Vetluga Settlement. Tesma River, near Zlatoust
From 1909 to 1912, Russian photographer Sergei Mikhailovich Prokudin-Gorskii (1863–1944) made several trips to the territory around the Ural Mountains, where he photographed railroad installations, factories, urban settings, and natural scenes. Among the towns Prokudin-Gorskii visited in September 1909 was the metalworking center of Zlatoust, located in the Ai River valley to the west of Chelyabinsk. Seen in this photograph is the village of Vetluga on the Tes’ma River, which flows southwest into the Ai River and pond at Zlatoust. Vetluga was settled at the end of the 18th century by peasant serfs from the Vetluga district of Kostroma province. The serfs had been acquired by an entrepreneur from the central Russian ironworking center of Tula named Larion Ivanovich Luginin, owner of the Zlatoust factory. Visible on the left here is Kosotur Hill; Zlatoust lies on the other side. In the distance is Taganai Mountain. The Vetluga settlement seen here consists primarily of one-story wooden houses with high fences enclosing the adjacent yards. The wagon tracks visible in the sand indicate a ford across the shallow river. Prokudin-Gorskii used a special color photography process to create a visual record of the Russian Empire in the early 20th century. Some of his photographs date from about 1905, but the bulk of his work is from between 1909 and 1915, when, with the support of Tsar Nicholas II and the Ministry of Transportation, he undertook extended trips through many different parts of the empire.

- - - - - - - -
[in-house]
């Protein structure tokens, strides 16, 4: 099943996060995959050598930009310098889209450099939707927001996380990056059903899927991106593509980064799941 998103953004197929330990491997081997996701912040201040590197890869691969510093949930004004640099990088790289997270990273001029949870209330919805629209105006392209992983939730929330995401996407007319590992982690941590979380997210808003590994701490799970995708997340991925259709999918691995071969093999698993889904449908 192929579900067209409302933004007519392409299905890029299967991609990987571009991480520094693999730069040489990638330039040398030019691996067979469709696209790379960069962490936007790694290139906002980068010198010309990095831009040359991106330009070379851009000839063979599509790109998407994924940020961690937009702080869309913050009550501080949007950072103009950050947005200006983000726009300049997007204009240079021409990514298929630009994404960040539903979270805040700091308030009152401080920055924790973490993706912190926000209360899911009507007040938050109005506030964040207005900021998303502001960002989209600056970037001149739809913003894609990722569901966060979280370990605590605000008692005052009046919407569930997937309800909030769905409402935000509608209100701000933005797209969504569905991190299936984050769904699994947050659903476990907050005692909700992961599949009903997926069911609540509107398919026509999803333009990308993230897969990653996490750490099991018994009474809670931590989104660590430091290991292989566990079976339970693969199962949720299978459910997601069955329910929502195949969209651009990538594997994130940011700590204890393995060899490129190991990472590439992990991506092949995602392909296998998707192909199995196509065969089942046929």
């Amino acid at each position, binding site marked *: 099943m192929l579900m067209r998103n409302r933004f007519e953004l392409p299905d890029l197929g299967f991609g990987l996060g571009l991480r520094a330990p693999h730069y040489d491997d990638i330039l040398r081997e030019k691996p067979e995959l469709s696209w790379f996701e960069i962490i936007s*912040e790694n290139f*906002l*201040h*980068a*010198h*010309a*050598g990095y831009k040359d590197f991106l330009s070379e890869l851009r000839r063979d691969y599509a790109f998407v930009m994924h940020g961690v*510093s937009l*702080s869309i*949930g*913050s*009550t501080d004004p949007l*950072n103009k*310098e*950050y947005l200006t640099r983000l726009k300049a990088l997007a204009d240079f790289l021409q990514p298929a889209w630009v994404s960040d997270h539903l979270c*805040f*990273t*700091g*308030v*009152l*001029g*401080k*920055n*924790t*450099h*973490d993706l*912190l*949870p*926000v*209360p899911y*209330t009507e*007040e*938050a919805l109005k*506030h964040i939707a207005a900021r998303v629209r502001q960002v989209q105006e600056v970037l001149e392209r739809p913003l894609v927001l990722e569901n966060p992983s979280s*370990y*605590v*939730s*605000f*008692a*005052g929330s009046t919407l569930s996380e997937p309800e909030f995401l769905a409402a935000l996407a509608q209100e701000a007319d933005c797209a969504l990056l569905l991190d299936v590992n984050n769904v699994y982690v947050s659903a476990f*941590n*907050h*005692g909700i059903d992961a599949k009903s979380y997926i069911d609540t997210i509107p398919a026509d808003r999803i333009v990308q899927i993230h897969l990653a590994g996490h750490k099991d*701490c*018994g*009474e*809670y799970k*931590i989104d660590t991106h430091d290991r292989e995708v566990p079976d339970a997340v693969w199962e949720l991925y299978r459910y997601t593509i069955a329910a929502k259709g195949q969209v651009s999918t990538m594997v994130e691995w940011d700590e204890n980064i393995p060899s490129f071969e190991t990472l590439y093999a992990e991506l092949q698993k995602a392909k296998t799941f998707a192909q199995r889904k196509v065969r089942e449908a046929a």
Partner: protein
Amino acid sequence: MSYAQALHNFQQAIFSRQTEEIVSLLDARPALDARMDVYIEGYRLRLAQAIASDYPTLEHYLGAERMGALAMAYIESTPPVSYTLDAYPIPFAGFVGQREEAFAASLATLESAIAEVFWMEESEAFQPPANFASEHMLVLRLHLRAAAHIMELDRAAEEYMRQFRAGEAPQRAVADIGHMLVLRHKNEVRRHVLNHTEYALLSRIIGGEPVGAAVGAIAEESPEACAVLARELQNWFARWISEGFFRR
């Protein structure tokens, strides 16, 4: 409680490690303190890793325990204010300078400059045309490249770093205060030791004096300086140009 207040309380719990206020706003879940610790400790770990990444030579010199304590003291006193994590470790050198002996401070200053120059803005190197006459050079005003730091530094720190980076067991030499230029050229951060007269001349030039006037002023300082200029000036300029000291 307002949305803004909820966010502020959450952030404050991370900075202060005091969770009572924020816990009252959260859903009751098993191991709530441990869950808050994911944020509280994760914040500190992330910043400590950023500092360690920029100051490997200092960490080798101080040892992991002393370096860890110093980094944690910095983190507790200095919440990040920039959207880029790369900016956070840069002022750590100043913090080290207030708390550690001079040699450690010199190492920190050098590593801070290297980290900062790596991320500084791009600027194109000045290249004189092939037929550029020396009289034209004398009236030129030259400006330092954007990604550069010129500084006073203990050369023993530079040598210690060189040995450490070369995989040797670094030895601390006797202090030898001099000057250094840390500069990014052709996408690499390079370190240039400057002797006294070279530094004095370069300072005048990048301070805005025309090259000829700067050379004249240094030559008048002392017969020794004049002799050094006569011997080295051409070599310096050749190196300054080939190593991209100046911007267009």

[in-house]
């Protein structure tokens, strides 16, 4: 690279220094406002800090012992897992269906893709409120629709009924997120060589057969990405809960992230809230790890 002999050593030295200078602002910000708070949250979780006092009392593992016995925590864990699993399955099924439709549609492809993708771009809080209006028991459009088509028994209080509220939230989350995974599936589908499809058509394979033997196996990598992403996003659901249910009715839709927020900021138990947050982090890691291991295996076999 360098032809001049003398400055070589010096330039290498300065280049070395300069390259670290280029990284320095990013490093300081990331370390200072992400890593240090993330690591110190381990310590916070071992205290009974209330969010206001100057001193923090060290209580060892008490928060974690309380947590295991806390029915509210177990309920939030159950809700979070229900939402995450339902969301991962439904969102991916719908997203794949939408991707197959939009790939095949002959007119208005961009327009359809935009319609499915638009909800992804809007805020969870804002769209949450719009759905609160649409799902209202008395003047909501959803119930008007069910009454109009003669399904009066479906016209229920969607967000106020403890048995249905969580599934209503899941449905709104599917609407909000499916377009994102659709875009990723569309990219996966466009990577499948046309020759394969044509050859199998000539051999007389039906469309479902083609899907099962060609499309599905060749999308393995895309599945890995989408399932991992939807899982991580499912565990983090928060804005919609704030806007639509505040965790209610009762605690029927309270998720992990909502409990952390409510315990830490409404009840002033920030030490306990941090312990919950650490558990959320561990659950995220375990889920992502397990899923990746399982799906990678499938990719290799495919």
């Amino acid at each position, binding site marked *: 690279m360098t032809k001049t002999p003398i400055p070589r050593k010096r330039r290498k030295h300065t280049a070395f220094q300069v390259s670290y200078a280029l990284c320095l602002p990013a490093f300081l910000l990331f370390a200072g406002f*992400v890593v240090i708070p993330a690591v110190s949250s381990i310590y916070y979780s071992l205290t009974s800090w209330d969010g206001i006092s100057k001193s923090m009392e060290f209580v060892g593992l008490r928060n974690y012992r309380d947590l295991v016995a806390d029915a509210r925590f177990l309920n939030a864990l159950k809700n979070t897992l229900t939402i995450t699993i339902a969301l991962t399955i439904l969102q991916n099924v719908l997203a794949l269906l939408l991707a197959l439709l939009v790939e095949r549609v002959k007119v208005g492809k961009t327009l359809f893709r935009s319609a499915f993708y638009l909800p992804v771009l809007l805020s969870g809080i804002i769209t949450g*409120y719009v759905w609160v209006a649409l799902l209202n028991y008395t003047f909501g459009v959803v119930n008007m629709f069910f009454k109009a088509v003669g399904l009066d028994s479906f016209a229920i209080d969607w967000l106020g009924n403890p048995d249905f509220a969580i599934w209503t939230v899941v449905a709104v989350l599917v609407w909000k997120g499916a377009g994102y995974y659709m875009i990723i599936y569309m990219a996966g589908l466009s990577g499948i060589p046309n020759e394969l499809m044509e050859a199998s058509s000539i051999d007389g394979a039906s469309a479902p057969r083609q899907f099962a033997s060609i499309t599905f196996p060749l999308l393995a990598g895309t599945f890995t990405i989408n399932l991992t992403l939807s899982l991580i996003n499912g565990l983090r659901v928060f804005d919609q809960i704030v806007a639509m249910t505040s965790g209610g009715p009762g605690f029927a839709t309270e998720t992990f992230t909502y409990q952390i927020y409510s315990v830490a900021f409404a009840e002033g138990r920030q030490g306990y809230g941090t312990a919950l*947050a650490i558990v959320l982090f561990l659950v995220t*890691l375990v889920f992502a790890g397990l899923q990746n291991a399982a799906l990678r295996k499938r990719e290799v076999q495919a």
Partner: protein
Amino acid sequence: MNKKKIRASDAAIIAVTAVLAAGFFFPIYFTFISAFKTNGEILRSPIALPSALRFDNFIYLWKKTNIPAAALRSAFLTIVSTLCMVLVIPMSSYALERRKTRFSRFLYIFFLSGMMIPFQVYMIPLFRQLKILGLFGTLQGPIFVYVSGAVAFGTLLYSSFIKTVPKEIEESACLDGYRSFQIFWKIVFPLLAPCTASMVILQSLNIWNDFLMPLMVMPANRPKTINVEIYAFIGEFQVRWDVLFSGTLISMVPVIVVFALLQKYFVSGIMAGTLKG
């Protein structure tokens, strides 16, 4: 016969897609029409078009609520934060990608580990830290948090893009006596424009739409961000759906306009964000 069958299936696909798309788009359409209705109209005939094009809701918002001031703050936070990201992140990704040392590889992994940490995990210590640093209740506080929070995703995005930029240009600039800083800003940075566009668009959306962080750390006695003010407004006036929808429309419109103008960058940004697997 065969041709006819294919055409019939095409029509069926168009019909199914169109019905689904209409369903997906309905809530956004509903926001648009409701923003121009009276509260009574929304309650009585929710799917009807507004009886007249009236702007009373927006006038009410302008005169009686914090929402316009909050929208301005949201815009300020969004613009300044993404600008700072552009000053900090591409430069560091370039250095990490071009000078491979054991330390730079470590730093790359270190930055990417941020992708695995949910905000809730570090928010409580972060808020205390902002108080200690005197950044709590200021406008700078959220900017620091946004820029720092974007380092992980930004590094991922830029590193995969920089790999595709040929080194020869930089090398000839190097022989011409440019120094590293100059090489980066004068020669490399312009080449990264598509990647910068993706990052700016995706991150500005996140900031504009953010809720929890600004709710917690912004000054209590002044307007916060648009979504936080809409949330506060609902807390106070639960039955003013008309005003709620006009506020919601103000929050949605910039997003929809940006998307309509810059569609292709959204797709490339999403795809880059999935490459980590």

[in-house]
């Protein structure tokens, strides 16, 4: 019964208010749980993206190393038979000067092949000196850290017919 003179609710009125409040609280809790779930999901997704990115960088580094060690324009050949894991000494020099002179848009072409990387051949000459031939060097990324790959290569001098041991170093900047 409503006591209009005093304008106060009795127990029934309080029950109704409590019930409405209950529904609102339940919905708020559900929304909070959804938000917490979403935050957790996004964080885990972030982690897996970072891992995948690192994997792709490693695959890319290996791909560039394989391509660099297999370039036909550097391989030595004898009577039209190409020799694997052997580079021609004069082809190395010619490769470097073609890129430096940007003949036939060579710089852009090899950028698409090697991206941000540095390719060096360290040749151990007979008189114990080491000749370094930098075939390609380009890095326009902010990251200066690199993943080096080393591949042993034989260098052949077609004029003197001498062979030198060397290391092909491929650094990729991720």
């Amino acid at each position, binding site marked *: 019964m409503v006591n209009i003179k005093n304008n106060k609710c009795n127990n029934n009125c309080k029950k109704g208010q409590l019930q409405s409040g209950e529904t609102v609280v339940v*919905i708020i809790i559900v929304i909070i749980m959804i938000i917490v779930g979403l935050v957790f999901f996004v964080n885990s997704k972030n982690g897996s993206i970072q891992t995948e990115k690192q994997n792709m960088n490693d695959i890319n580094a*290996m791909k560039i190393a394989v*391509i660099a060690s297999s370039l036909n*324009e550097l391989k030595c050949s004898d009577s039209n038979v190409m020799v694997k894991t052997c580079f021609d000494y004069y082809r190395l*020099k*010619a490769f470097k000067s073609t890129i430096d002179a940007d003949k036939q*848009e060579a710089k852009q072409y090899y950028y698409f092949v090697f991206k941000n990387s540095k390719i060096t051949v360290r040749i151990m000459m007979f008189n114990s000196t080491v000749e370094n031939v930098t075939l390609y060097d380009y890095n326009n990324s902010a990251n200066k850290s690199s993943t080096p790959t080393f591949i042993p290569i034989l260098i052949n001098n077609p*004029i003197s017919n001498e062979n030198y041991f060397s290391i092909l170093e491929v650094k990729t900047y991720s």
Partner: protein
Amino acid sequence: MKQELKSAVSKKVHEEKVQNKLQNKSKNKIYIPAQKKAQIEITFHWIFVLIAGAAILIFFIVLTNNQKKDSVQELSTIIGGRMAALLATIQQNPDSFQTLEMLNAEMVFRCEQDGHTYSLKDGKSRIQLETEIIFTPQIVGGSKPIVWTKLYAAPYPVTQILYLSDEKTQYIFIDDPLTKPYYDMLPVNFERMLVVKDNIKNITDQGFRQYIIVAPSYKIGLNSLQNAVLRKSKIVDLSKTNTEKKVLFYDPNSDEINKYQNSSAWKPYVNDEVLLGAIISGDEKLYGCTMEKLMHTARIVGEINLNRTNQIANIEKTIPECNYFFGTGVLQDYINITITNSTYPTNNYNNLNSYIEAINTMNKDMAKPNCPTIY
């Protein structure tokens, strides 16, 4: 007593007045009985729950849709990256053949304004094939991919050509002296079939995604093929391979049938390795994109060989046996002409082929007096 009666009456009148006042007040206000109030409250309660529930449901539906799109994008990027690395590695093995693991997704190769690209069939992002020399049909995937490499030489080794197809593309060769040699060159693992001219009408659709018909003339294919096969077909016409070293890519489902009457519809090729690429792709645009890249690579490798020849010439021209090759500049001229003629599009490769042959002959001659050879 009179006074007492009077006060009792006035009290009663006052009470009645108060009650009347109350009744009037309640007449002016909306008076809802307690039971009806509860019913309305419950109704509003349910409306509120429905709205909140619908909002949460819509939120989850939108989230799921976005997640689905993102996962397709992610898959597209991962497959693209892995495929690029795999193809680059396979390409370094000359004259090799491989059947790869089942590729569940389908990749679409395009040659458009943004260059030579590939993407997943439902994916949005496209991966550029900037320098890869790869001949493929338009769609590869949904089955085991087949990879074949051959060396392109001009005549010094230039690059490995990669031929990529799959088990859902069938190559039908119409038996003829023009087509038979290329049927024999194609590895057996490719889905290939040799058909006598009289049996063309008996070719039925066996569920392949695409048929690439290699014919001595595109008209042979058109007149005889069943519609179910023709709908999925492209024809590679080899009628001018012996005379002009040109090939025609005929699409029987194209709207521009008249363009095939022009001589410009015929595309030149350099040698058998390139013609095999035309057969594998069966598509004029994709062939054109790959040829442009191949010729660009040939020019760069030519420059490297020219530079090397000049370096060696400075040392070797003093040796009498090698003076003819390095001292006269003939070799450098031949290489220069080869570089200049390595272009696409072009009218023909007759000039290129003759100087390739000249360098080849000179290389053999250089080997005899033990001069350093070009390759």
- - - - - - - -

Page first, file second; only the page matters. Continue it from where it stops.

Title in Original Language
Селение Ветлуга. Река Тесьма. Близ Златоуста
Type of Item
Glass negative (presented as a digital color composite)
- Prokudin-Gorskii’s photographic work survives primarily in two forms: 1,901 black-and-white triple-frame glass plate negatives, made with color separation filters, which Prokudin-Gorskii used to make color prints and lantern slides; and 12 albums of sepia-tone prints, made from the glass negatives, which Prokudin-Gorskii compiled as a record of his travels and studies. The Library of Congress purchased the glass plate negatives and the albums from the Prokudin-Gorskii family in 1948. In 2004, the Library of Congress had digital color composites made from all the surviving glass negatives using a software algorithm to automatically align the color components. As with most historical photographs, title and subject identifications are corrected and enhanced through new research. Current information on the collection is at http://www.loc.gov/pictures/collection/prok/.
Last updated: September 28, 2016